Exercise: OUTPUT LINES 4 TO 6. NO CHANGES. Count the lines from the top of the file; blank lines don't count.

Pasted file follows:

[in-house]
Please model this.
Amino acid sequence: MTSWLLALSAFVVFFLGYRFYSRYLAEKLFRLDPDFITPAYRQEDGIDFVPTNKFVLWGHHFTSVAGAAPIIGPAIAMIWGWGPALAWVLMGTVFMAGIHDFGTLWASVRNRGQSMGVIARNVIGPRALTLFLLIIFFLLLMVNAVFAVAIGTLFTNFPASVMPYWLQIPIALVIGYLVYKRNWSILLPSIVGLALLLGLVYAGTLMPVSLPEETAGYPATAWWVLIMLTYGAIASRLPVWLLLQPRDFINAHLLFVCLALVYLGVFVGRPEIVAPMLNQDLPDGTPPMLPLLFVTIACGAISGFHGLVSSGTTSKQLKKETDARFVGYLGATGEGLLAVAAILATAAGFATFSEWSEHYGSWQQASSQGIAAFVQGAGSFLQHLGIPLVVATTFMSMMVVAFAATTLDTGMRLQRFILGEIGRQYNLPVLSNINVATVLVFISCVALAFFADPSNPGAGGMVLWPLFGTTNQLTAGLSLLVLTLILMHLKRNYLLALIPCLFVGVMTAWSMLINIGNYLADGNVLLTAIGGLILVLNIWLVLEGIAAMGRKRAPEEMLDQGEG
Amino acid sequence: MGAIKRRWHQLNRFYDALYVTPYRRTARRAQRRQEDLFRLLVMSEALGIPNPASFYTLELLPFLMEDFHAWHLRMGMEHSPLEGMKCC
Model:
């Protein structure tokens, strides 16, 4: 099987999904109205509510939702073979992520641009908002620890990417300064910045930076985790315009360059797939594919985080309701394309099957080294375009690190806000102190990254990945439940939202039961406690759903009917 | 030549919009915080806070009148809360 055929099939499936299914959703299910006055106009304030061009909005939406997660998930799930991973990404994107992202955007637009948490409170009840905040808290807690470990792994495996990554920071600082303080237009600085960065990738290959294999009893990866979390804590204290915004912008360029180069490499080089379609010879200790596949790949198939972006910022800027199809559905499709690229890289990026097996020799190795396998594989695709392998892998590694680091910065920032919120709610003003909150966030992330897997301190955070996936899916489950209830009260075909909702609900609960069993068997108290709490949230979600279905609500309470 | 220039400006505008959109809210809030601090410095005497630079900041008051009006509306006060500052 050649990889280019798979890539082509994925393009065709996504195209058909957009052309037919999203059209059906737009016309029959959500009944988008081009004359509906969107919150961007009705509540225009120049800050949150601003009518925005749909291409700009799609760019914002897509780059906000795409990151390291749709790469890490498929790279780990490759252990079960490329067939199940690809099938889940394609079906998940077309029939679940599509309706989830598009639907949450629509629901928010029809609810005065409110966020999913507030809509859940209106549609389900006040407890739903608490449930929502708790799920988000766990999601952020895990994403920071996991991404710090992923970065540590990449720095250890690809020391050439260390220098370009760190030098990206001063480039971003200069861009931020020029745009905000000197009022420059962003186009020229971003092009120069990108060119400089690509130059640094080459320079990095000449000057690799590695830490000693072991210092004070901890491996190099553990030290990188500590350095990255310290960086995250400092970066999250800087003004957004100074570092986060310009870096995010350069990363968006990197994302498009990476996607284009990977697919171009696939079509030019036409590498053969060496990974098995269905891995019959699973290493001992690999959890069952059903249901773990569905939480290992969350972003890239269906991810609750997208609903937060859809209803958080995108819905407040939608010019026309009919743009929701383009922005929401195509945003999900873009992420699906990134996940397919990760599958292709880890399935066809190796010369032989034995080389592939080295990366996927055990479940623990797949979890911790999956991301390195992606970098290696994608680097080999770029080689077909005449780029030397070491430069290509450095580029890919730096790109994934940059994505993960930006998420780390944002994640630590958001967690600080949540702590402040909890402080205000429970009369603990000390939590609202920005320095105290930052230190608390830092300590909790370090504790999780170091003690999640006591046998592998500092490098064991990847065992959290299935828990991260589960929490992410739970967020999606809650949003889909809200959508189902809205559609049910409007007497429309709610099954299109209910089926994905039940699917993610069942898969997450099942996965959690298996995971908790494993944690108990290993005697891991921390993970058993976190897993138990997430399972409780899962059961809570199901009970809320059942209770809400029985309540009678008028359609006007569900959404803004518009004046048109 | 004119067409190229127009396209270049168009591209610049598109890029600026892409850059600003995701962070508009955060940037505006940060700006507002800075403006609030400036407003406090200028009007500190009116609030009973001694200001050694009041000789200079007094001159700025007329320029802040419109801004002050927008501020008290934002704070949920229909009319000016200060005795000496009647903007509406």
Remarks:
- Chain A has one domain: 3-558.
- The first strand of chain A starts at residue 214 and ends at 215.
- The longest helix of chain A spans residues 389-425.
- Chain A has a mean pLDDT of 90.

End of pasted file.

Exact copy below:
Amino acid sequence: MGAIKRRWHQLNRFYDALYVTPYRRTARRAQRRQEDLFRLLVMSEALGIPNPASFYTLELLPFLMEDFHAWHLRMGMEHSPLEGMKCC
Model:
């Protein structure tokens, strides 16, 4: 099987999904109205509510939702073979992520641009908002620890990417300064910045930076985790315009360059797939594919985080309701394309099957080294375009690190806000102190990254990945439940939202039961406690759903009917 | 030549919009915080806070009148809360 055929099939499936299914959703299910006055106009304030061009909005939406997660998930799930991973990404994107992202955007637009948490409170009840905040808290807690470990792994495996990554920071600082303080237009600085960065990738290959294999009893990866979390804590204290915004912008360029180069490499080089379609010879200790596949790949198939972006910022800027199809559905499709690229890289990026097996020799190795396998594989695709392998892998590694680091910065920032919120709610003003909150966030992330897997301190955070996936899916489950209830009260075909909702609900609960069993068997108290709490949230979600279905609500309470 | 220039400006505008959109809210809030601090410095005497630079900041008051009006509306006060500052 050649990889280019798979890539082509994925393009065709996504195209058909957009052309037919999203059209059906737009016309029959959500009944988008081009004359509906969107919150961007009705509540225009120049800050949150601003009518925005749909291409700009799609760019914002897509780059906000795409990151390291749709790469890490498929790279780990490759252990079960490329067939199940690809099938889940394609079906998940077309029939679940599509309706989830598009639907949450629509629901928010029809609810005065409110966020999913507030809509859940209106549609389900006040407890739903608490449930929502708790799920988000766990999601952020895990994403920071996991991404710090992923970065540590990449720095250890690809020391050439260390220098370009760190030098990206001063480039971003200069861009931020020029745009905000000197009022420059962003186009020229971003092009120069990108060119400089690509130059640094080459320079990095000449000057690799590695830490000693072991210092004070901890491996190099553990030290990188500590350095990255310290960086995250400092970066999250800087003004957004100074570092986060310009870096995010350069990363968006990197994302498009990476996607284009990977697919171009696939079509030019036409590498053969060496990974098995269905891995019959699973290493001992690999959890069952059903249901773990569905939480290992969350972003890239269906991810609750997208609903937060859809209803958080995108819905407040939608010019026309009919743009929701383009922005929401195509945003999900873009992420699906990134996940397919990760599958292709880890399935066809190796010369032989034995080389592939080295990366996927055990479940623990797949979890911790999956991301390195992606970098290696994608680097080999770029080689077909005449780029030397070491430069290509450095580029890919730096790109994934940059994505993960930006998420780390944002994640630590958001967690600080949540702590402040909890402080205000429970009369603990000390939590609202920005320095105290930052230190608390830092300590909790370090504790999780170091003690999640006591046998592998500092490098064991990847065992959290299935828990991260589960929490992410739970967020999606809650949003889909809200959508189902809205559609049910409007007497429309709610099954299109209910089926994905039940699917993610069942898969997450099942996965959690298996995971908790494993944690108990290993005697891991921390993970058993976190897993138990997430399972409780899962059961809570199901009970809320059942209770809400029985309540009678008028359609006007569900959404803004518009004046048109 | 004119067409190229127009396209270049168009591209610049598109890029600026892409850059600003995701962070508009955060940037505006940060700006507002800075403006609030400036407003406090200028009007500190009116609030009973001694200001050694009041000789200079007094001159700025007329320029802040419109801004002050927008501020008290934002704070949920229909009319000016200060005795000496009647903007509406």